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I used a range of qualitative and quantative research to compile my questionnaire.

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I used a range of qualitative and quantative research to compile my questionnaire. Quantative research is any type of research that has a number answer. Qualitative research is asking people all about their thoughts, feelings and opinions. I carried out my questionnaire during a two-day period outside MacDonald's in Hounslow from 12:00pm to 2:00pm. The reason I chose to carry out my questionnaire outside MacDonald's was because it is Hounslow's most popular fast food restaurant. It was the time where most working people would be going off on their lunch breaks. As you would most probably assume I aimed to ask twenty different people who would give different answers. I aimed to ask anyone who walked past. There was one slight problem which was a fraction of the people I offered to interview just ignored me and walked past. The people I interviewed fell into a range of different age groups. I also interviewed people with different socio-economic groups to get a variety of different answers. The reason I chose this is because if I had chose to interview twenty people which fall into the same age group and with the same socio-economic group I would end with collection of very similar answers, which would not be very good results. ...read more.


I wanted to find out how much the majority of the people would invest. For this question there was a possible three answers under �1,000, �1,000 to �5,000 and �5,000+. If I were to redo this question I could have made quite a few changes in order to get more accurate results. Firstly instead of saying under �1,000 I could have said �0 to �500 then �500 to �1,000. I could also improved the question by using shorter amounts in between, for example rather than writing �1,000 to �5,000 I could have wrote �1,000 to �2,000 then �2,000 to �3,000 and so on. I could also have gone up to �10,000 rather than �5,000+. Of all those I interviewed 5% said under �1,000, 25% said �1,000 to �5,000 and 70% said �5,000+. The graph below shows the results for this question. The fifth question I asked was 'do you buy the Financial times?'. The reason I chose to ask this question was because I wanted to know out of all those who buy shares how many of them bought the financial times to keep on track with news about their company. ...read more.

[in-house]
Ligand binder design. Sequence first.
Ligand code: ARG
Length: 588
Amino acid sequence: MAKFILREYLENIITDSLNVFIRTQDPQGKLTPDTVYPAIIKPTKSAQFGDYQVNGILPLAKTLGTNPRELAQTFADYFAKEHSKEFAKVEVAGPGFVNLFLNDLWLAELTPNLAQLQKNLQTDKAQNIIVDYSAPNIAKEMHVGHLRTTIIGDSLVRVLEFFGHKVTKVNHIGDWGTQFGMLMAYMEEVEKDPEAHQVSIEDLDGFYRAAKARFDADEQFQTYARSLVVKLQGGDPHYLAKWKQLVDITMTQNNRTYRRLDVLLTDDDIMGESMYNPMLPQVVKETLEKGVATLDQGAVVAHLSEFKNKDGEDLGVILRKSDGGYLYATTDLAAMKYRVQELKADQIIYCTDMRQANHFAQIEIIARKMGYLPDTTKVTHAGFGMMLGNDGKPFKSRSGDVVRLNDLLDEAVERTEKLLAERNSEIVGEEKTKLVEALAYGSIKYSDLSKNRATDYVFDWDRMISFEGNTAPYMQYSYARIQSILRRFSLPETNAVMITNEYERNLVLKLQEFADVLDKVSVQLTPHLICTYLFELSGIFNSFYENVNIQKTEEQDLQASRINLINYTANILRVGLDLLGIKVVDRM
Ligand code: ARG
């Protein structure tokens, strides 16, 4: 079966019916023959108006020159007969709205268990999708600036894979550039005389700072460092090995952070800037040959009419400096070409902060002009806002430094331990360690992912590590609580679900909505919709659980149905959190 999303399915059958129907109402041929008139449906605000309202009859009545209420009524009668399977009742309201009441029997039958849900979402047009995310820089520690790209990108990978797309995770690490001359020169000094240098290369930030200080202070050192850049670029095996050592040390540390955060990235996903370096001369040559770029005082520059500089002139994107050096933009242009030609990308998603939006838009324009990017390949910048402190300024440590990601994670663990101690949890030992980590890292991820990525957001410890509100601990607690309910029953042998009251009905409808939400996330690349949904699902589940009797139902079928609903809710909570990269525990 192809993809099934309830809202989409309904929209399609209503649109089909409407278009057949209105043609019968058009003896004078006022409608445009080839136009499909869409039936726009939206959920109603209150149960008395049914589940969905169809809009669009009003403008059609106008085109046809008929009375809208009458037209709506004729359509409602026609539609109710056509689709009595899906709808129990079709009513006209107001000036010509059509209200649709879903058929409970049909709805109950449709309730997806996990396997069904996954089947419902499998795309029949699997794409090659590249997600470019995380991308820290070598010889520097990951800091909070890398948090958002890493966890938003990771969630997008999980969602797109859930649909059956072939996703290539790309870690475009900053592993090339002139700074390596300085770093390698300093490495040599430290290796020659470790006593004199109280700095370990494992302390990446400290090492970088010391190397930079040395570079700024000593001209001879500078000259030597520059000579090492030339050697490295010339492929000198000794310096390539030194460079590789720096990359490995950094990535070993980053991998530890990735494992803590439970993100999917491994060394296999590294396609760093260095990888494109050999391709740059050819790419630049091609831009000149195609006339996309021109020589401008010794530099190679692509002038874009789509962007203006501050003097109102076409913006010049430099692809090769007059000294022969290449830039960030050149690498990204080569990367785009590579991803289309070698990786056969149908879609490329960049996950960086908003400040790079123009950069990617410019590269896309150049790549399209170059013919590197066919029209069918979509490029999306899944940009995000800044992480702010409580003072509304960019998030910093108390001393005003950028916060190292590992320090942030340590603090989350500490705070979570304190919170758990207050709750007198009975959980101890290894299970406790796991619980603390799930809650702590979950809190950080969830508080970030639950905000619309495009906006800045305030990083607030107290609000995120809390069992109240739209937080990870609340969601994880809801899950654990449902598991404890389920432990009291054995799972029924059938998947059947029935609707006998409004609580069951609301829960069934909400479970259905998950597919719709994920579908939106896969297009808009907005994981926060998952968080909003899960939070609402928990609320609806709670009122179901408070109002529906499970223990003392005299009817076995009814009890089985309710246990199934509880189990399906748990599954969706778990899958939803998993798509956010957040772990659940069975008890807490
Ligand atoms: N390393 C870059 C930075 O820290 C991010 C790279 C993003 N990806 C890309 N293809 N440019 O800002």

15% said they were in group C1. Group C1 is the lower middle class, this involves supervisory, administrative, junior managerial or professional such as shop assistant. 15% said they were in group C2. Group C2 is the skilled working class, this involves skilled manual workers such as carpenters, cooks and train drivers. 5% said they were in group D. Group D is the working class, this involves semi-skilled and unskilled workers such as store keepers. 0% said they were in group E. Group E is the poorest in society, this involves state pensioners or widows, casual or lower grade workers, or long term unemployed. This is a graph showing my results. The tenth question I asked was 'what is your occupation?'. I chose to ask this question because I wanted to find out what sorts of jobs those who invest have. This question was probably the least accurate question of the ten questions I asked. This question had only five possible answers. 15% were businessmen/women, 5% were doctors, 15% were teachers, 15% managers and 50% said other. If I was to redo it I could have listed more jobs to obtain more accurate results. I could also have just provided a bit of space for the person to put in the name of the job, this way I would get very accurate results. The graph below shows my results. ...read more.

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